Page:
Gigi decides to run for student rep, but she’ll have to get over her fear of public speaking—and go head-to-head with gorgeous California Will. Bea used to be one of the best skiers around, until she was derailed. It could be time for her to take the plunge again. And Neerja loves the drama club but has always stayed behind the scenes—until now.
These friends are determined to show the world that smart girls really can get what they want—but that could mean getting way more attention than they ever bargained for. . .
“False Impressions” by Sandra Nikolai
Montreal ghostwriter Megan Scott falls under police suspicion when her husband and a female companion are found murdered. In what a Québec detective calls a crime of passion, startling evidence surfaces to implicate Michael Elliott, a young investigative reporter who’d rather rub elbows with scumbags than live the posh lifestyle he inherited.
Clutched out of her comfort zone, Megan is flung into Michael’s dark world of criminal investigation. As they make a last-ditch attempt to prove their innocence, an elusive enemy closes in and threatens their lives. Who wants them out of the way and why?
“London Under: The Secret History Beneath the Streets” by Peter Ackroyd
London Under is an atmospheric, imaginative, oozing short study of everything that goes on under London, from original springs & streams & Roman amphitheaters to Victorian sewers, gang hideouts & modern tube stations. The depths below are hot, warmer than the surface. This book tunnels down thru the geological layers, meeting the creatures, real & fictional, that dwell in darkness: rats & eels, monsters & ghosts. When the Underground’s Metropolitan Line was opened in 1864, guards asked for permission to grow beards to protect themselves from sulfurous fumes, & named their engines after tyrants—Czar, Kaiser, Mogul—even Pluto, god of the underworld. To go under London is to penetrate history, to enter a hidden world. As Ackroyd writes: “The vastness of the space, a 2nd earth, elicits sensations of wonder & of terror. It partakes of myth & dream in equal measure.”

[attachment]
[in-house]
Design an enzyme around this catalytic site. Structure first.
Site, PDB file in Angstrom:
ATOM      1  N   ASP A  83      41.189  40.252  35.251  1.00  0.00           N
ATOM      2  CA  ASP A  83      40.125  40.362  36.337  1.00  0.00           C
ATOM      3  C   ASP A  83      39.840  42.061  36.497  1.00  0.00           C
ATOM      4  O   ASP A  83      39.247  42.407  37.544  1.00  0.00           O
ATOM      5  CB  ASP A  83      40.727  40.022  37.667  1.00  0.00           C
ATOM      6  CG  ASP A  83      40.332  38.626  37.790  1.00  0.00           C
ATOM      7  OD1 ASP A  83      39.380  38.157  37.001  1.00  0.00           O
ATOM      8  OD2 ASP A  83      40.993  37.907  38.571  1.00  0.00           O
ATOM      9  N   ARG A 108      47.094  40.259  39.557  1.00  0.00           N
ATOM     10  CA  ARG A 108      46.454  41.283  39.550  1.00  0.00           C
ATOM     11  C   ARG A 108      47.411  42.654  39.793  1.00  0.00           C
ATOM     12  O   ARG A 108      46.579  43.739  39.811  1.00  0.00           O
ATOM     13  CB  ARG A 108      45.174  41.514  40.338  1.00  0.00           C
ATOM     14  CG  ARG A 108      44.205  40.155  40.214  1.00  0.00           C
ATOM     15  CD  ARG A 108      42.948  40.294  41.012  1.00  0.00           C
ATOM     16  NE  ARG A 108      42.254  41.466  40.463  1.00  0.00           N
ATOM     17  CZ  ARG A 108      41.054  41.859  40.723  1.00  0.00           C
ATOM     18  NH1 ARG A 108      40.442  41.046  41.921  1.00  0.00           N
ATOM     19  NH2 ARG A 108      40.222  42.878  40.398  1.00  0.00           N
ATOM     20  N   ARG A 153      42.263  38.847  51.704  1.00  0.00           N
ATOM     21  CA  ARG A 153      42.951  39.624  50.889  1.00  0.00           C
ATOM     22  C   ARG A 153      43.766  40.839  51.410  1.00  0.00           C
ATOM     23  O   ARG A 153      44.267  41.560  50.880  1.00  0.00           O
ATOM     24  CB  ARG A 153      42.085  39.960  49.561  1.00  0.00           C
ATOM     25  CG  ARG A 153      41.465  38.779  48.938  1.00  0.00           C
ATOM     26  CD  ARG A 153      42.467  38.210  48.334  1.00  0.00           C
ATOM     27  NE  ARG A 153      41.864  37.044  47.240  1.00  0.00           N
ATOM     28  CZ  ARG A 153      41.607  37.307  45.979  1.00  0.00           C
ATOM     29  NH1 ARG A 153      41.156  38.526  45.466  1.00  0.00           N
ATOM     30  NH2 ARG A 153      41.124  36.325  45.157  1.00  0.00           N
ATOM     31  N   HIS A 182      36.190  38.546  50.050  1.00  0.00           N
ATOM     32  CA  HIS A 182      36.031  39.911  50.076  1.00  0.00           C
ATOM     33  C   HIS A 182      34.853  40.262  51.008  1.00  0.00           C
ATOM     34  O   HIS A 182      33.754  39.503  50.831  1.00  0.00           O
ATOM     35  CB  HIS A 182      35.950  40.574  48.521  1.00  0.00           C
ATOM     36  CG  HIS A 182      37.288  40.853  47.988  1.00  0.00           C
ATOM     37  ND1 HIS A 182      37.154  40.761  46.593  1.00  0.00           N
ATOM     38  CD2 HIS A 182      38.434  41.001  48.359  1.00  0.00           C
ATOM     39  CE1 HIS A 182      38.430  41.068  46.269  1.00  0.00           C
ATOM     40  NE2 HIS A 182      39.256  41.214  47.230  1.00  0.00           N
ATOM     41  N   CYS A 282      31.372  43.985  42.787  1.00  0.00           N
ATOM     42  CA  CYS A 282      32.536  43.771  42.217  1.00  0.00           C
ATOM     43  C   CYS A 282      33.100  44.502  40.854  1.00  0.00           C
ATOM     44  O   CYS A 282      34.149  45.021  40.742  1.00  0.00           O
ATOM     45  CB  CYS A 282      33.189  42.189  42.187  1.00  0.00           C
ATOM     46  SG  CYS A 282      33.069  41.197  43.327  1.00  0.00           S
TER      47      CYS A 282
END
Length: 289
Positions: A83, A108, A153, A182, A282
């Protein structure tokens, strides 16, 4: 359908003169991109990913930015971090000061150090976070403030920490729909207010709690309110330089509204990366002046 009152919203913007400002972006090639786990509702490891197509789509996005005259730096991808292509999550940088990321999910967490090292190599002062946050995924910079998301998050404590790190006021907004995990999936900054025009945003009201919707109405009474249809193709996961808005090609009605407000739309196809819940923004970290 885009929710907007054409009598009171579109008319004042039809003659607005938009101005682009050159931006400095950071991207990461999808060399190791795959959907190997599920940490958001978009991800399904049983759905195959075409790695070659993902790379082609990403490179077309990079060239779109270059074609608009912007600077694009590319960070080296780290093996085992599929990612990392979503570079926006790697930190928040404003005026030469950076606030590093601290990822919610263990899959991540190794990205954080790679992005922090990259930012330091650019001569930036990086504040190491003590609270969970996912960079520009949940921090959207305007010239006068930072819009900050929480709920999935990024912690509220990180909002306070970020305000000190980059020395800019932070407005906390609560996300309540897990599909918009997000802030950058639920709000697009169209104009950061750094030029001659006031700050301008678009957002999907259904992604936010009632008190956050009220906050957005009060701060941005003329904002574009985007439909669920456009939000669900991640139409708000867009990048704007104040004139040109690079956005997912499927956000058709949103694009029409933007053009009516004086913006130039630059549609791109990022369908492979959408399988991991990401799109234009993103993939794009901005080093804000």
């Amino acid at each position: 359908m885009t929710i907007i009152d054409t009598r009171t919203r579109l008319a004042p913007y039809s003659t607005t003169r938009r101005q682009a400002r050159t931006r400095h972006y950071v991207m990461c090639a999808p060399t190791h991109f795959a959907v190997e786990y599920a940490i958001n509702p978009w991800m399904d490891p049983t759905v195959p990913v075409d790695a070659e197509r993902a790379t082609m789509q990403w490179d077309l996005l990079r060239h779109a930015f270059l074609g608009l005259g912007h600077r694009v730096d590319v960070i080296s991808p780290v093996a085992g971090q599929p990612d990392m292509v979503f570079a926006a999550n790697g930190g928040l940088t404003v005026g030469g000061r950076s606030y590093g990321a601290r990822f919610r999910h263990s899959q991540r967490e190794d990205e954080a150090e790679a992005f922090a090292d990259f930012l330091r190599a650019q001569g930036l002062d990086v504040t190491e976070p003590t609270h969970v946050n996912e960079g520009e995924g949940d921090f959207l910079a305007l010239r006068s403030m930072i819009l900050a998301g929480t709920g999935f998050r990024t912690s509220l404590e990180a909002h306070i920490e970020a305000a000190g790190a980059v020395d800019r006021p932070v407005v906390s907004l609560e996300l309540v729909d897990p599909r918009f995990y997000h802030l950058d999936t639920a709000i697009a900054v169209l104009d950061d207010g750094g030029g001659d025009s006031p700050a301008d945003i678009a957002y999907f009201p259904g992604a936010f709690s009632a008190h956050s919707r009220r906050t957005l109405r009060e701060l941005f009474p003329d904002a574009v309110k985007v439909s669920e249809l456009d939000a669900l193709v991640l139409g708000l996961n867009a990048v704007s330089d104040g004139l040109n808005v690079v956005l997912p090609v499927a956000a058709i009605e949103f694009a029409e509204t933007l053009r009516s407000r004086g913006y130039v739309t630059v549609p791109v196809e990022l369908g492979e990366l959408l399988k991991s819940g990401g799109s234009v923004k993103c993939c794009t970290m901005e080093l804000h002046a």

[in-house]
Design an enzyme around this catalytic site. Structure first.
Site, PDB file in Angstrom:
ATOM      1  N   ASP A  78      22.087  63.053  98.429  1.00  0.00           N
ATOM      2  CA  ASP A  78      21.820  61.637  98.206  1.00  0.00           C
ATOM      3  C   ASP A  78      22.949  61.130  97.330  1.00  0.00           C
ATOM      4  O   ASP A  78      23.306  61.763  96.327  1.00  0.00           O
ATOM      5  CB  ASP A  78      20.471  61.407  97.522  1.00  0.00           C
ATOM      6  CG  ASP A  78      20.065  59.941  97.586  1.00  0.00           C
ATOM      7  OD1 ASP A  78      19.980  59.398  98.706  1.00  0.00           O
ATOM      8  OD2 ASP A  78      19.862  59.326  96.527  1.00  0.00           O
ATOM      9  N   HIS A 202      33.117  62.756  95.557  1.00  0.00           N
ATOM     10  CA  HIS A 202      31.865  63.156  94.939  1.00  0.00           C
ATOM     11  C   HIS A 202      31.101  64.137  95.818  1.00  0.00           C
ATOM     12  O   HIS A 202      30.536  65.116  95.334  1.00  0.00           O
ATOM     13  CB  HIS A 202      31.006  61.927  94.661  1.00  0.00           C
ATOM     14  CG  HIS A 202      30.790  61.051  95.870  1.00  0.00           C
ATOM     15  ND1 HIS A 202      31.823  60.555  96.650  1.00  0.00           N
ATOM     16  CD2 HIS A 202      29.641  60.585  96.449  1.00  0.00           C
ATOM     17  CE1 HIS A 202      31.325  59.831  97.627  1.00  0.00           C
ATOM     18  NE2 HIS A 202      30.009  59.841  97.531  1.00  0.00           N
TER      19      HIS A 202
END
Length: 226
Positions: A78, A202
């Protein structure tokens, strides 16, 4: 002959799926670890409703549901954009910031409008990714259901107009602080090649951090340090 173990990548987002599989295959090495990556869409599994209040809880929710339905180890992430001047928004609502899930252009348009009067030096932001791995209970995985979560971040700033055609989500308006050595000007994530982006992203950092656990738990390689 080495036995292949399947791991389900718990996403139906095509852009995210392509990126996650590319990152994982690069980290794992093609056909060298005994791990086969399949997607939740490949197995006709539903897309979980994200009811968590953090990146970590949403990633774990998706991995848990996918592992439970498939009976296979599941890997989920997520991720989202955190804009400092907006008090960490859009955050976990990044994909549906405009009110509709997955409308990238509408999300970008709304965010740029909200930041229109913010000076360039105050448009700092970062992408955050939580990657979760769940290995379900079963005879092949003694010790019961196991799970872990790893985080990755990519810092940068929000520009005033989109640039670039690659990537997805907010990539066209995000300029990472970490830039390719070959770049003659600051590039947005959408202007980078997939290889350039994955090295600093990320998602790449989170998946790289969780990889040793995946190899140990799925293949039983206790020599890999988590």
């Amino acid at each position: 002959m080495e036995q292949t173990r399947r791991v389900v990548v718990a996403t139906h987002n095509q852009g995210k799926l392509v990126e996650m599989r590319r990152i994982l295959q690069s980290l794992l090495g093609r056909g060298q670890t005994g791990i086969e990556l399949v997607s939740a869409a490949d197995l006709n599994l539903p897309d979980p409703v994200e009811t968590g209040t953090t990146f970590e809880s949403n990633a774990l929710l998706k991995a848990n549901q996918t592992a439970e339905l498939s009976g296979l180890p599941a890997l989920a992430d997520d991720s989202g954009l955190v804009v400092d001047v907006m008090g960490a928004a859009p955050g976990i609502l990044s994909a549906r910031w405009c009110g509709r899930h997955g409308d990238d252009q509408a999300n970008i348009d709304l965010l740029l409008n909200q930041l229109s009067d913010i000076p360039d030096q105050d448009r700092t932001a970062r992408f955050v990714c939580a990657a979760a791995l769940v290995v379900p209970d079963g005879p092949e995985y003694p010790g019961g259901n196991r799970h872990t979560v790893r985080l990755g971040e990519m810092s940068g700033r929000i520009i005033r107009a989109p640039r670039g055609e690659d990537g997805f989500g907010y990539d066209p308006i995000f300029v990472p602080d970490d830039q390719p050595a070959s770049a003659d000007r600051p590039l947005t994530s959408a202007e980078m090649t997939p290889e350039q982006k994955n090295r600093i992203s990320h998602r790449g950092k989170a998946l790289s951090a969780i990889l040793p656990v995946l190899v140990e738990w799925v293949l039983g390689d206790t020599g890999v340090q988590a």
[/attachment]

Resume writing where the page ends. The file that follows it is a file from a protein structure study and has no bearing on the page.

And finally – the book I’ve been waiting for for almost FIVE YEARS. The conclusion to my favourite series in the entire world. Thank God I’m a Spanish speaker! Take me back to The Cemetery of Forgotten Books!
“El Labirinto de los Espiritus” by Carlos Ruiz Zafon
“El laberinto de los espíritus”, es el desenlace de la saga de “El Cementerio de los Libros Olvidados” que se inició en 2001 con “La Sombra del Viento” y continuó en 2008 con “El Juego del Ángel” y en 2011 con “El Prisionero del Cielo”.
Elevadas por la crítica internacional a la categoría de clásico contemporáneo, las novelas de El Cementerio de Los Libros Olvidados se han convertido en uno de los universos literarios más apasionantes del nuevo siglo, y Carlos Ruiz Zafón en el escritor español más leído en todo el mundo después de Cervantes.
What are your Friday Finds for this week? Have you read any of mine? Are you as excited for “The Labyrinth of Spirits” as I am? Gimme a shout!